What is cumin?
Cumin is the dried seed of an aromatic plant that has a dusty, vaguely bitter taste and a distinctive smell. Cumin seeds can be used whole, fried in oil to release their aroma; or ground into a powder.
Most cumin seeds are light brown in color, but they are also available in white (similar to the brown in flavor) and black (which has a more peppery taste). Cumin seeds look a lot like caraway seeds.
You can find references to cumin in the Bible, where it was cited as a flavor-enhancer for soup and bread. The Romans used it to preserve meat and broil fish and it was popular in the Middle Ages. Today, cumin seeds are used to spice up Munster cheese, to make Indian and Pakistani curries and to add flavor to Tex-Mex chili. Cumin is also popular in many cuisines of the world, including Middle Eastern, Mexican, Eastern European and Mediterranean.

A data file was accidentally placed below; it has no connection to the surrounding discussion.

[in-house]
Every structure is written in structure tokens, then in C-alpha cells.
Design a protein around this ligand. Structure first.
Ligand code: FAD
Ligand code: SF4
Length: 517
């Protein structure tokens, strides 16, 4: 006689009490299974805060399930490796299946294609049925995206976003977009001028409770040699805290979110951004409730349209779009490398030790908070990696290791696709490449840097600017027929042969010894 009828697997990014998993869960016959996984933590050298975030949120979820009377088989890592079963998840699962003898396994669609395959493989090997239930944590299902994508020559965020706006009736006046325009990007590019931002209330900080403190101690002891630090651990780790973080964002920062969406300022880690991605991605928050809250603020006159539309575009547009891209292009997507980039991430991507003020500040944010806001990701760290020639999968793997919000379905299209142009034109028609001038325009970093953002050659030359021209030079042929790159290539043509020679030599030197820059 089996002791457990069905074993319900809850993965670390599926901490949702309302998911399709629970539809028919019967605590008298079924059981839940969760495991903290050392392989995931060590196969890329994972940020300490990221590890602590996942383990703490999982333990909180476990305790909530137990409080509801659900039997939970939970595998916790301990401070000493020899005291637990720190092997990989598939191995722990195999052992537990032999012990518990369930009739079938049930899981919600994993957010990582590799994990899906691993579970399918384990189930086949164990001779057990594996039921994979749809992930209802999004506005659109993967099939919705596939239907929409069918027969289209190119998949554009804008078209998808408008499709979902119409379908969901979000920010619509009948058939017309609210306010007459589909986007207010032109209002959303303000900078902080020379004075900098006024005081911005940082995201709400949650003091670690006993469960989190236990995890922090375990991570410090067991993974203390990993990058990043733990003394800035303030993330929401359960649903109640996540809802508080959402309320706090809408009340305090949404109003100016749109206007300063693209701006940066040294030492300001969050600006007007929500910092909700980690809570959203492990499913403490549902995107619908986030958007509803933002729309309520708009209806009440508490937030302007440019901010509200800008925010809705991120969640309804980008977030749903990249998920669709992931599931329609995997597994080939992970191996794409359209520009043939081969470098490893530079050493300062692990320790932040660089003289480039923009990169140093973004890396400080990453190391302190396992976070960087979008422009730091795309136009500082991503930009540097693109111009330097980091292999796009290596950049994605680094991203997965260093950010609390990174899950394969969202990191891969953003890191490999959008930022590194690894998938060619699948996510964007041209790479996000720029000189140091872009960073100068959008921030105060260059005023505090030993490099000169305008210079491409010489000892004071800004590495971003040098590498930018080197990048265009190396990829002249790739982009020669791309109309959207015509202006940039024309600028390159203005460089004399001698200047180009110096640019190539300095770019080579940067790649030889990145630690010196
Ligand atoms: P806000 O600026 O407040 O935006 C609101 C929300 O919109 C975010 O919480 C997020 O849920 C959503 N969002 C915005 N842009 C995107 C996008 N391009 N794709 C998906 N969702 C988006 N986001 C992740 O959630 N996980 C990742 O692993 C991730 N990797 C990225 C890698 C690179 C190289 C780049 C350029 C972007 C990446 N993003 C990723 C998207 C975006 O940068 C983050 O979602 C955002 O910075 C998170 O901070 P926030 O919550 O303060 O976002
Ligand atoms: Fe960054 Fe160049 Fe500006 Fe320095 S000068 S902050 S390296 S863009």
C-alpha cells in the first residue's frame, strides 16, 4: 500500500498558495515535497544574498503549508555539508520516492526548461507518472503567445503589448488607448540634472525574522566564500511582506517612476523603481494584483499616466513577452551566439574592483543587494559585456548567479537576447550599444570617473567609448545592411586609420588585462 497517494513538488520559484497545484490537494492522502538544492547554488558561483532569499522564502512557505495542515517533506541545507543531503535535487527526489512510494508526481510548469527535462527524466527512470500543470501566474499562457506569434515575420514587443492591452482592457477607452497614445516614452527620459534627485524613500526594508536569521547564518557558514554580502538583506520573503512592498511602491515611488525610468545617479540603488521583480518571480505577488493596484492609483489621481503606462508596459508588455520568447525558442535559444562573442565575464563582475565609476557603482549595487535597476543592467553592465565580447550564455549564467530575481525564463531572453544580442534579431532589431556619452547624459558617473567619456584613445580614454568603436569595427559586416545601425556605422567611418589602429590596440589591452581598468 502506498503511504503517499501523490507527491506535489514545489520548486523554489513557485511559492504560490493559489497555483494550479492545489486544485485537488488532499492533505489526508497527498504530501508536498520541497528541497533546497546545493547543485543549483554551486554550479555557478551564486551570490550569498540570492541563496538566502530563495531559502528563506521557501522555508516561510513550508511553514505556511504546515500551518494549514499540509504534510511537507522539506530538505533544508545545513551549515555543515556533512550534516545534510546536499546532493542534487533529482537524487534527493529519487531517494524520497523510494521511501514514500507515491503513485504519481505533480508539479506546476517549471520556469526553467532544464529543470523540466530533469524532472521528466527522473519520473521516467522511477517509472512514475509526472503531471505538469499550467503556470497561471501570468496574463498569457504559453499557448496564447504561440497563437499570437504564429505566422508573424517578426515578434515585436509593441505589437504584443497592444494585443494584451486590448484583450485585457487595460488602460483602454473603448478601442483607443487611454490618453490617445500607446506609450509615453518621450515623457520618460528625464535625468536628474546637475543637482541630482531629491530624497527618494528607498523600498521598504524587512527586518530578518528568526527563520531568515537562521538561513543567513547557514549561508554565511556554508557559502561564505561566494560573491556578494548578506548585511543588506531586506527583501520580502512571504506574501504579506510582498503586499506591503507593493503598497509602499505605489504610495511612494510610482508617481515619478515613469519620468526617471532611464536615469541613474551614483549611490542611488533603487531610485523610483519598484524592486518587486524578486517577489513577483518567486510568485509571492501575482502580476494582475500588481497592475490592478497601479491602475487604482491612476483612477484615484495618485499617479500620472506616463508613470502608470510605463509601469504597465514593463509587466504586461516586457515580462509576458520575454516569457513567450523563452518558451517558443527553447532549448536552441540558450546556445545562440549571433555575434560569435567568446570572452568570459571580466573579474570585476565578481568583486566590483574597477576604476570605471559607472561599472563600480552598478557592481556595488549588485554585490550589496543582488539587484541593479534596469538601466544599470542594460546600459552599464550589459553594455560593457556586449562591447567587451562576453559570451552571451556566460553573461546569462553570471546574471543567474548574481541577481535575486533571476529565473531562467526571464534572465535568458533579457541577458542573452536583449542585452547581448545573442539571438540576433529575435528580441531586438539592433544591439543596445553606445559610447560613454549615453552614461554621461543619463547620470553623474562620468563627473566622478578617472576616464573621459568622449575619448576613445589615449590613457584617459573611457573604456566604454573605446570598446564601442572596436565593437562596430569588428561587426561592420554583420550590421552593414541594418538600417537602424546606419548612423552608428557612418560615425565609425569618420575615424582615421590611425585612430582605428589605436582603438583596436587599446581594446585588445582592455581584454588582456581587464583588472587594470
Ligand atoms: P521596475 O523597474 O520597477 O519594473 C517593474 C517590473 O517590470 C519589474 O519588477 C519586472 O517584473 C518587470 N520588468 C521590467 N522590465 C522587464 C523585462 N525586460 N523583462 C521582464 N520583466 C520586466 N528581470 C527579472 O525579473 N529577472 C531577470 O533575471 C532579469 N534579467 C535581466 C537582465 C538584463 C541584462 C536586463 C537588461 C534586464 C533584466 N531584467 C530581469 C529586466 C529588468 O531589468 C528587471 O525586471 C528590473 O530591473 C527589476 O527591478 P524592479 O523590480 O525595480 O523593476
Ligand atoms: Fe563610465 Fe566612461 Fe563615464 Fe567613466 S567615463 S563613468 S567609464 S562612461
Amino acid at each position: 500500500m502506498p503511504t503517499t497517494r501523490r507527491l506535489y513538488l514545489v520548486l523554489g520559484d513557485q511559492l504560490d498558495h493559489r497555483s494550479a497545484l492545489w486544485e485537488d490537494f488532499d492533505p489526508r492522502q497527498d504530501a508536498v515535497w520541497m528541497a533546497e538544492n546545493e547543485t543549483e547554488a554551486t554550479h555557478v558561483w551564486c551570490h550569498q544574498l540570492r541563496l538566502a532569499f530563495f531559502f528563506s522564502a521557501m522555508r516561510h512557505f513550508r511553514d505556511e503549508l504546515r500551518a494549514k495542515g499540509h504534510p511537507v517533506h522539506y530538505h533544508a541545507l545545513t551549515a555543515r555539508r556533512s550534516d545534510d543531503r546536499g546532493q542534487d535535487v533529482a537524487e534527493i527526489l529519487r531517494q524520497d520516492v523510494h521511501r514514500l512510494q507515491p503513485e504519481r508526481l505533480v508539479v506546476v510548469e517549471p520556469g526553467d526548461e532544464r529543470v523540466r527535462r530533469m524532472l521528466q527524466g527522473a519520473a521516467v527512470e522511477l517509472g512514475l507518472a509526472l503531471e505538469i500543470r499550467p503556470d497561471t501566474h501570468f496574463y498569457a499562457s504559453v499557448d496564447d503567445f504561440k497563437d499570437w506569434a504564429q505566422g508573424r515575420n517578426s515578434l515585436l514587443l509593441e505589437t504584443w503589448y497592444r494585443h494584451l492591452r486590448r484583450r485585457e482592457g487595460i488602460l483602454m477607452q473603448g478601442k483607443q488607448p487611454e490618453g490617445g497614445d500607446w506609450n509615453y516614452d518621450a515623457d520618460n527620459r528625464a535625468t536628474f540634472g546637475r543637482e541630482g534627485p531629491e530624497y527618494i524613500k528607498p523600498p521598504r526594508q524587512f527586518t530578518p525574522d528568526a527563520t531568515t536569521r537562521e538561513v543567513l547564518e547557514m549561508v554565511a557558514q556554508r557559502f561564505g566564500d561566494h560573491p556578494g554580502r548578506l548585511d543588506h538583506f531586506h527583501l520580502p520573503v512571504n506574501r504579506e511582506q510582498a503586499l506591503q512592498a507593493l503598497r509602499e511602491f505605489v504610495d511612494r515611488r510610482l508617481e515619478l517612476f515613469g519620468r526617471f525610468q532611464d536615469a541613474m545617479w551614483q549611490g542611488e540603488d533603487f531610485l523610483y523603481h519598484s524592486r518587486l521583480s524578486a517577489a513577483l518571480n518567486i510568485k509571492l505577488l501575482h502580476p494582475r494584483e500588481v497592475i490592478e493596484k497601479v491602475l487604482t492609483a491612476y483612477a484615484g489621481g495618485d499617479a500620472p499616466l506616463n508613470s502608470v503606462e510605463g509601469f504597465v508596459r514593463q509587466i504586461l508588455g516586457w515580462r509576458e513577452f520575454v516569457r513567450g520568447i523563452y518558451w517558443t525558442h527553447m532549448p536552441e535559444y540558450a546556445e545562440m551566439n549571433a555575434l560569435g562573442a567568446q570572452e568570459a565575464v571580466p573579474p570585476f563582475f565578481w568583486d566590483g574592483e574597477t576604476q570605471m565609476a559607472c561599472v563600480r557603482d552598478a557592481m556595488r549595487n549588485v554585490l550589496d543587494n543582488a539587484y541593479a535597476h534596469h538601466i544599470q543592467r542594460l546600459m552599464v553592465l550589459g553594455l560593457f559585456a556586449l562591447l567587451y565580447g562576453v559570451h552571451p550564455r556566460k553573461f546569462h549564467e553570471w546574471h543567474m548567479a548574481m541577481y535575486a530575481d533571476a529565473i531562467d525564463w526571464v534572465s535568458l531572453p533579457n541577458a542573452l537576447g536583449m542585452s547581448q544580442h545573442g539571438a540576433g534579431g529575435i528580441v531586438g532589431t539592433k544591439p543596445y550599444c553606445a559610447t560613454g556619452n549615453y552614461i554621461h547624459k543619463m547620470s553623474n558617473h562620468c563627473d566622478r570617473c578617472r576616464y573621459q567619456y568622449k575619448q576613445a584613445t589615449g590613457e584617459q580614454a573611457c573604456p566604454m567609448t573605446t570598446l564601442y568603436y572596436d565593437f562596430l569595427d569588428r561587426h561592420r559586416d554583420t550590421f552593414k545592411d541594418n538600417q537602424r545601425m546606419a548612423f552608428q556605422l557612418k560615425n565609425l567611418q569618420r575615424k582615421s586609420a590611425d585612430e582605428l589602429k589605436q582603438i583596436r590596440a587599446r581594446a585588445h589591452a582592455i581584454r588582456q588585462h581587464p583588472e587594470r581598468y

During the Middle Ages, cumin was believed to keep loved ones (and chickens) from straying; likewise, brides and grooms carried cumin seeds during the wedding ceremony as a happy marriage charm.